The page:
\(\ds \begin{align}\dot{x} &= -y+ax(x^2+y^2) \\ \dot{y} &= \ph{-}x+ ay(x^2+y^2) \end{align}\)

[Sol]: To linearize about \((x^*,y^*)=(0,0)\), we can either compute the Jacobian matrix directly from definition, or take a shortcut: for a system with a fp at the origin, \(x\) and \(y\) represent deviations from the fixed point, since \(u=x-x^*=x\) and \(v=y-y^*=y\). Hence, we can linearize by simply omitting the nonlinear terms - yielding \(\dot{x}=-y,\ \dot{y}=x\). The Jacobian is thus
\(\ds A=\mtxx{0}{-1}{1}{0}\)
which has \(\tau = 0,\ \Delta=1>0\), so the origin is always a center, according to the linearization.
\(\vplup\)To analyze the nonlinear system, we transfer to polar coordinates. Let \(x=r\cos{\theta},\ y=r\sin{\theta}\). To derive a diff-eq for \(r\), we note \(x^2+y^2=r^2\), so \(x\dot{x}+y\dot{y}=r\dot{r}\). Substituting this for \(\dot{x}\) and \(\dot{y}\) yields
\(\ds\begin{align} r\dot{r} &= x(-y+ax(x^2+y^2)) + y(x+ay(x^2+y^2)) \\ &= a(x^2+y^2)^2 \\ &= ar^4 \end{align}\)
Hence \(\dot{r}=ar^3\). To write a diff-eq for \(\dot{\theta}\), we use the identity \(\theta = \atan{y/x}\) and a reference triangle:
\(\ds \begin{align} \tan{\theta} &= y/x \\ \frac{dy}{dt}&=\frac{dx}{dt}\tan{\theta}+x\ \t{sec}^2(\theta)\frac{d\theta}{dt} \\ x\ \t{sec}^2(\theta)\ \dot{\theta} &= \dot{y} - \tan{\theta}\ \dot{x}; \\ \t{sec}^2(\theta) &= \Frac{r}{x}^2 = 1 + y^2/x^2 \Rightarrow \\ x(1+y^2/x^2)\ \dot{\theta} &= \dot{y}-(y/x)\dot{x} \\ \dot{\theta} &= \frac{x\dot{y}-y\dot{x}}{x^2(1+y^2/x^2)} = \frac{x\dot{y}-y\dot{x}}{x^2+y^2} \Rightarrow \\ \dot{\theta} &= \frac{x\dot{y}-y\dot{x}}{r^2} \end{align}\)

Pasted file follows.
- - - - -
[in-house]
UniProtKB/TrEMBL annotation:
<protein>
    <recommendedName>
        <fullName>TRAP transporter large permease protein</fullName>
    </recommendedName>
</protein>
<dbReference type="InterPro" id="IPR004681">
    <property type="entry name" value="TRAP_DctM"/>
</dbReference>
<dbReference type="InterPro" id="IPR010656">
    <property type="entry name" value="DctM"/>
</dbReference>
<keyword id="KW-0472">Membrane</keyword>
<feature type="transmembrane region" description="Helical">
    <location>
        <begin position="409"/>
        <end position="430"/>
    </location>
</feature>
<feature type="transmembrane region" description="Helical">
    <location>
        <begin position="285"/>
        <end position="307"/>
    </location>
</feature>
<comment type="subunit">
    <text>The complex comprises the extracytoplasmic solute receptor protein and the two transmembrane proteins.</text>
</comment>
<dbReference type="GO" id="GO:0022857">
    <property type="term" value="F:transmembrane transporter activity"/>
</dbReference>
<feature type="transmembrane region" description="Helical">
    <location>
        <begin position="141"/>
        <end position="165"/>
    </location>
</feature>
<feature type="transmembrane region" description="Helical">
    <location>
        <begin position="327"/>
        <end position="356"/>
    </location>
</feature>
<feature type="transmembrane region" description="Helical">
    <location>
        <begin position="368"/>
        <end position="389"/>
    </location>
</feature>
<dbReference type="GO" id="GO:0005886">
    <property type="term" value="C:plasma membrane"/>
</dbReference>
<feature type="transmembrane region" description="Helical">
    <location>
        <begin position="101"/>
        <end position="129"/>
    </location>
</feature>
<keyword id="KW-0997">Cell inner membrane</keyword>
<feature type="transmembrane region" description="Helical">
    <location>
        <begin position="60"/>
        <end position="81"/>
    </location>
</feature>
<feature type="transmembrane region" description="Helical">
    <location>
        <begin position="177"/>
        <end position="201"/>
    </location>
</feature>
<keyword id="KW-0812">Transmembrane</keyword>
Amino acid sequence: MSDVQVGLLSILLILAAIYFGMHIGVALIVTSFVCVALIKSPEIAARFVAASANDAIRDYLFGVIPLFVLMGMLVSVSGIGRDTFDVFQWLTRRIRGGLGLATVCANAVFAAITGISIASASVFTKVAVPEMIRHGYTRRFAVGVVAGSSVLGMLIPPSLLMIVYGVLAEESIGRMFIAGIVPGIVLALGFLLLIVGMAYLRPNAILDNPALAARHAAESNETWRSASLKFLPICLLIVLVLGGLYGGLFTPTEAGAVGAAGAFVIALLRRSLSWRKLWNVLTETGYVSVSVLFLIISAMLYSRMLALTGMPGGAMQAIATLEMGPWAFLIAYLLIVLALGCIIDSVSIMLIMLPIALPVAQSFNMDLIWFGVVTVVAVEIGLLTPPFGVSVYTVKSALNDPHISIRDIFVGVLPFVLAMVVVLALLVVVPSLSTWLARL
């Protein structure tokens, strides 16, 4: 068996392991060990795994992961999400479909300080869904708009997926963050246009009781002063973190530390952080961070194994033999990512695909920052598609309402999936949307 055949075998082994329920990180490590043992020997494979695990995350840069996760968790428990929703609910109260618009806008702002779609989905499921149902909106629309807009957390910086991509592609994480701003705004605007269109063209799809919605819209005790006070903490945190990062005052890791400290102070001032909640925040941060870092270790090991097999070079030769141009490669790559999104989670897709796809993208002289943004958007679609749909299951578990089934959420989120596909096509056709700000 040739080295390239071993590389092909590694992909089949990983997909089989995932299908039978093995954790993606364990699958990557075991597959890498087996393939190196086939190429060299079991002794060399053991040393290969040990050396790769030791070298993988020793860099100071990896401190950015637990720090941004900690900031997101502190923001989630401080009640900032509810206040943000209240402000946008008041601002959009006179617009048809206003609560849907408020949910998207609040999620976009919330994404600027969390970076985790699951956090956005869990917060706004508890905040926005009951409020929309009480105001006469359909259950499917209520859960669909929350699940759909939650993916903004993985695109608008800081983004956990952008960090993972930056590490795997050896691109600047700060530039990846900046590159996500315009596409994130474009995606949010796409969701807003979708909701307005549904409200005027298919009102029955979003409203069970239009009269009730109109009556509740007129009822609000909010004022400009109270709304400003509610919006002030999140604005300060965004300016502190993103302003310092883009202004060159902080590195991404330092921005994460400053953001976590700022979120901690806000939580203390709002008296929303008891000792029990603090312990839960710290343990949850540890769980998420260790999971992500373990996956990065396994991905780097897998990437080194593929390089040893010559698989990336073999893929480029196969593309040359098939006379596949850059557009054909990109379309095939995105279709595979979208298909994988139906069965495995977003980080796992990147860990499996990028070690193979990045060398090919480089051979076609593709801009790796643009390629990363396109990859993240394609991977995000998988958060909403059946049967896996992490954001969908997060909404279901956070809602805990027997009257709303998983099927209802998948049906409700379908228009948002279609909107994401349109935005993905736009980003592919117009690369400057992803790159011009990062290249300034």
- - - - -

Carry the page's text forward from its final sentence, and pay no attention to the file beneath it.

Substituting \(\dot{x}\) and \(\dot{y}\), we find \(\dot{\theta}=1\). Thus, in polar coordinates, the original system becomes,
\(\begin{align}\dot{r} &= ar^3 \\ \dot{\theta} &= 1 \end{align}\)
All trajectories rotate about the origin with constant angular velocity \(\dot{\theta}=1\). The radial motion will depend on \(a\) as shown:
\(\ds \begin{align} \b{[a<0]} & \quad r(t)\rightarrow 0\ \t{as }t\rightarrow\infty && \t{origin }=\t{ stable spiral}\\ \bn{[a=0]} &\quad r(t)=r_0 && \\ \bn{[a>0]} &\quad r(t)\rightarrow \infty\ \t{as }t\rightarrow \infty && \t{origin }=\t{ unstable spiral} \end{align}\)
We can see now why centers are so delicate: all trajectories are required to close perfectly after one cycle. The slightest miss converts the center into a spiral. Similarly, stars and degenerate nodes can be altered by small nonlinearities, but unlike centers, their stability doesn't change. (A stable star may change into a stable spiral, but not into an unstable spiral). This is apparent from the 2D system linear stability map: stars and degenerate nodes live squarely in the stable or unstasble region, whereas centers live on the razor's edge between stability and instability (see Stability  
).
  \(\vplup\)System simulations are shown below.

\(\b{a<0}\)

\(\b{a=0}\)

\(\b{a>0}\)




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By OverLordGoldDragon